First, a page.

10. After the experiments, have each group describe the worm behavior they observed during each test and discuss the answers to the questions on the Student Worksheet.

  11. Have students dispose of the antifreeze solutions properly, according to the information you received from your local sanitation or health department.

Extensions (Optional)

  • Have the students plan and conduct an experiment to determine if there is a concentration of antifreeze and water that does not appear to change the behavior of the worms over a 24- or 48-hour period. The purpose is to determine if there is a threshold for an acute (rapid) effect; in other words, a level of exposure below which there is not likely to be an adverse health effect in the short-term. The students' experimental plan should at the very least include an appropriate control group, a sufficient number of worms, observation procedures, and an explanation of the experimental conditions, including procedures for rinsing the worms once a day, cleanliness, covering containers to prevent evaporation, and refrigerator temperatures.

  • Have the students search the library for information on worm biology. Focus their attention on worm anatomy and physiology, function in ecosystems, and whether the adverse effects of antifreeze on worms might be compared to the potential effects of antifreeze on human health or ecosystem health.

Teacher's Answer Key -- Black (Hair) Worm Experiment

(1) Were there obvious behavioral differences between the control groups and the antifreeze-exposed groups? If yes, describe.
There should be differences in mobility even with only 10 animals per group. After about 10 minutes nearly all worms exposed to the antifreeze solutions probably will be dead. The higher the concentration of antifreeze the faster they die. Also, the smaller the worms (young worms) the faster they die. In the unlikely event there are no differences between treated and control groups, perhaps more worms per group are needed, or the antifreeze concentration is too low to cause an observable effect, or the worms are not susceptible to the adverse effects of antifreeze. All of these possibilities could be tested in another experiment if materials allow.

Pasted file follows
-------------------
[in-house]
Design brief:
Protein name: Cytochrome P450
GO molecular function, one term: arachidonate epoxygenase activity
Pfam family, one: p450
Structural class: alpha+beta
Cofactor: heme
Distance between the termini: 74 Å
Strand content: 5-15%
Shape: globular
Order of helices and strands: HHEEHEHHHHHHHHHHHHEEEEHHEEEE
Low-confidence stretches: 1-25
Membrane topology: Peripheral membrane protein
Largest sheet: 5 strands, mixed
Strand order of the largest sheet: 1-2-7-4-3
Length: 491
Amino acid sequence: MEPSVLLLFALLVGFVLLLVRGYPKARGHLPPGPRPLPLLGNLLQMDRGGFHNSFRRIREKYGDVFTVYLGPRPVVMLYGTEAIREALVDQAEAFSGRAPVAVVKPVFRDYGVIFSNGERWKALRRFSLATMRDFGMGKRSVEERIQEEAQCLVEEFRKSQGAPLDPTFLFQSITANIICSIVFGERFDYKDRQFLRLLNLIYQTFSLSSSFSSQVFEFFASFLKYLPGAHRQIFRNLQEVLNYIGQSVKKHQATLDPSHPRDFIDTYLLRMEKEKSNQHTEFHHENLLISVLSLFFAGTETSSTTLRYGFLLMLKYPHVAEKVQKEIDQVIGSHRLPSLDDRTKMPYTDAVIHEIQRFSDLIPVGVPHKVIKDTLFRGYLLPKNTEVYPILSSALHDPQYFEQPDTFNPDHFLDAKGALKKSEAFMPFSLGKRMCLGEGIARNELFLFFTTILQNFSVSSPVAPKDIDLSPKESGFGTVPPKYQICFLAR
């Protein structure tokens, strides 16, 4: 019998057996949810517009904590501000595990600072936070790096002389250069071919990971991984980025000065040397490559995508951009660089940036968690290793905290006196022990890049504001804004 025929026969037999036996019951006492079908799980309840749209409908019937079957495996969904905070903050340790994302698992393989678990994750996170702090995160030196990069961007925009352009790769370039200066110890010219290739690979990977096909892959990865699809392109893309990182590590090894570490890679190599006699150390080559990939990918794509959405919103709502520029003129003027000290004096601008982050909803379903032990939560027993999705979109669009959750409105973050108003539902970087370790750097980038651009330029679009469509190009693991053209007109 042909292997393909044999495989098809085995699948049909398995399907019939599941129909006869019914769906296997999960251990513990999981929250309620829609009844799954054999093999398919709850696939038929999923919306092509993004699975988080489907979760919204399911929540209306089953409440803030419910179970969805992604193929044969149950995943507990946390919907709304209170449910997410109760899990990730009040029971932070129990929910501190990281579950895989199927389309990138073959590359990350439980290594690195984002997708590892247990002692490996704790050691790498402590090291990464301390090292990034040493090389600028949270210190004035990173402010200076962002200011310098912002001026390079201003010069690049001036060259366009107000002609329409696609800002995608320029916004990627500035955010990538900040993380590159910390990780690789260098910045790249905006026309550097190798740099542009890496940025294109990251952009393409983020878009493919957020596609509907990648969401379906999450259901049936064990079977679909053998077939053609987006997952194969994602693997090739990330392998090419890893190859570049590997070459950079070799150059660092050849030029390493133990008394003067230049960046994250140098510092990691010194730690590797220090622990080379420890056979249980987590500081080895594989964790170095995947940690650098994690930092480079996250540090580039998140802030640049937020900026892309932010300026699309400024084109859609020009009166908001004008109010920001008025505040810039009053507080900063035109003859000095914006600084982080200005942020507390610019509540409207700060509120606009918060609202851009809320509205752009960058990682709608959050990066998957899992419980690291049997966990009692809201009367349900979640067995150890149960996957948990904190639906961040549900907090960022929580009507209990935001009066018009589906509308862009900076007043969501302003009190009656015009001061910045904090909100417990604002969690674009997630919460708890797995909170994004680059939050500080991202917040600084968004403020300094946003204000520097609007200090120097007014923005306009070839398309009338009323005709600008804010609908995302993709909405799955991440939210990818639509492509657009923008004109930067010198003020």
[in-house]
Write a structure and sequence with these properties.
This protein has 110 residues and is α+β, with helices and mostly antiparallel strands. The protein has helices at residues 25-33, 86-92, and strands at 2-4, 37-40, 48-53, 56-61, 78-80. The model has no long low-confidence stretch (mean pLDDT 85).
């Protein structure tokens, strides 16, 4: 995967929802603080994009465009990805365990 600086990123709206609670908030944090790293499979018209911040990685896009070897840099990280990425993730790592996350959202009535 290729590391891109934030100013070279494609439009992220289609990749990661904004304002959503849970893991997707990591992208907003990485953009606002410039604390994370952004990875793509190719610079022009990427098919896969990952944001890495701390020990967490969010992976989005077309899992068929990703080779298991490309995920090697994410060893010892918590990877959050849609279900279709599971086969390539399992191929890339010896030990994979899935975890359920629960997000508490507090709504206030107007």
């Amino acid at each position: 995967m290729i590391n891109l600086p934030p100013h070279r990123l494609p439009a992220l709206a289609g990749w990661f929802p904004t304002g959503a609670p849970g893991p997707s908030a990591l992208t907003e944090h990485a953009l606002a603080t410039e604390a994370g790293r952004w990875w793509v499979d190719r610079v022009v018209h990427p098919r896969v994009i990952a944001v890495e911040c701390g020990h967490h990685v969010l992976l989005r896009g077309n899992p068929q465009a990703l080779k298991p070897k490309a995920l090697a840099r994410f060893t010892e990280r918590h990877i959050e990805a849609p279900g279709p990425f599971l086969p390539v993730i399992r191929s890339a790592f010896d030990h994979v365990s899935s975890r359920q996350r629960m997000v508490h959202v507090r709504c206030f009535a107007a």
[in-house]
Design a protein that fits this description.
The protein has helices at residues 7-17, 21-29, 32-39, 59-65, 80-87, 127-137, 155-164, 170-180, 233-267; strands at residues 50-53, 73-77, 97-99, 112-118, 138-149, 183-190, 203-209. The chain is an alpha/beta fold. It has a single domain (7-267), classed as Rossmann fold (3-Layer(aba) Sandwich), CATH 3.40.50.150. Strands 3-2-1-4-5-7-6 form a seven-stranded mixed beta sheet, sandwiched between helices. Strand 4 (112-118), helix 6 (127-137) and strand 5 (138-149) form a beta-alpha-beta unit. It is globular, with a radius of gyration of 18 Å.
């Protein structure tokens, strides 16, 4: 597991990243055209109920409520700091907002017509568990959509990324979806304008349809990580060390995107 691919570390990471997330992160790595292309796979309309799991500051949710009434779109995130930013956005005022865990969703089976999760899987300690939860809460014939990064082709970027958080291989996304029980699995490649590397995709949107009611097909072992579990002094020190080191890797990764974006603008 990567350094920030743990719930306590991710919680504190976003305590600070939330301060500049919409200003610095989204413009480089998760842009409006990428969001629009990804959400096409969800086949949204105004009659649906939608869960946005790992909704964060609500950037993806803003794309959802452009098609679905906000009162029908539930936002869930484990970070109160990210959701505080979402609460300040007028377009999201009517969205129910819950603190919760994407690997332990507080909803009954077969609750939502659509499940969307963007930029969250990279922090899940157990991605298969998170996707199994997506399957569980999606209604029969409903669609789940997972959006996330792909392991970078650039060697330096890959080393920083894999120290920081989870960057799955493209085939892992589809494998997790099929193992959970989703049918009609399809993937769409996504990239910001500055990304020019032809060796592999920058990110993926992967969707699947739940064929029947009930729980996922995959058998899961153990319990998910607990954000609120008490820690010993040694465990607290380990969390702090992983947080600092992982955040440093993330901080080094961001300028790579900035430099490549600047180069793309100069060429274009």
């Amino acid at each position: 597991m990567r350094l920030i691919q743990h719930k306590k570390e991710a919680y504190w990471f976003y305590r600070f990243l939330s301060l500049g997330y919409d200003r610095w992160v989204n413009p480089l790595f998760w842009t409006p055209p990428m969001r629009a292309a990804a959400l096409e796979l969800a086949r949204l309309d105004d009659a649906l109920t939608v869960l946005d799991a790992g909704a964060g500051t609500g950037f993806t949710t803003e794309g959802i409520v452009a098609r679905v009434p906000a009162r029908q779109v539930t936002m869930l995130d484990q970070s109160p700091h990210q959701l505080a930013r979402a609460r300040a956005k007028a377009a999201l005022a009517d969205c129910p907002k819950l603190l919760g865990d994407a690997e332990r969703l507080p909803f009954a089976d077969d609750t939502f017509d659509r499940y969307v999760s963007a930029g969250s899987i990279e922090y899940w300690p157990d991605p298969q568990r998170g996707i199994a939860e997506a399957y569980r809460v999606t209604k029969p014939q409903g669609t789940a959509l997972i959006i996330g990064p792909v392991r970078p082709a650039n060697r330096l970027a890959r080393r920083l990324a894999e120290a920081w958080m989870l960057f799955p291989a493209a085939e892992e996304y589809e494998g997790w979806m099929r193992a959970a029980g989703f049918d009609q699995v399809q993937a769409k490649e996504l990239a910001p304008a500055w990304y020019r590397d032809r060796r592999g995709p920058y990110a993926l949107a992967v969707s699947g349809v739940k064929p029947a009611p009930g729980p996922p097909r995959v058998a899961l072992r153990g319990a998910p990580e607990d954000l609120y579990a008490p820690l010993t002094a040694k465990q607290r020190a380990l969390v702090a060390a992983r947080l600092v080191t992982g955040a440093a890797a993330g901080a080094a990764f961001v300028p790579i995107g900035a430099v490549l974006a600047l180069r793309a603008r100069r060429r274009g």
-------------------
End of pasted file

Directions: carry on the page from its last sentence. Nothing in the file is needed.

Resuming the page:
(2) Did the concentration of antifreeze in the water influence the degree of behavioral change? If yes, describe.
After an initial increase in activity, you should find that the higher the dose, the more quickly the worms' mobility decrease. The degree and severity of toxic effects are primarily a function of dose (the amount of contact or exposure to the chemical). However, many other factors including differences in susceptibility among individuals within a species also influence the outcome. Because humans manifest an unusual degree of individual variability, large numbers of people must be similarly exposed to clearly demonstrate that a chemical causes a specific toxic effect. Using animal toxicity studies to determine the potential adverse effects of specific substances has many advantages. Genetically similar individual animals can be used in relatively large numbers and exposures can be controlled over a range of dose levels. The results of animal toxicological studies are used to predict potential effects in humans at dose levels relevant to possible human exposures.
(3) Was there a safe level of exposure? In other words, was there an antifreeze solution that did not appear to cause an effect over the 4-minute observation period? How could you tell?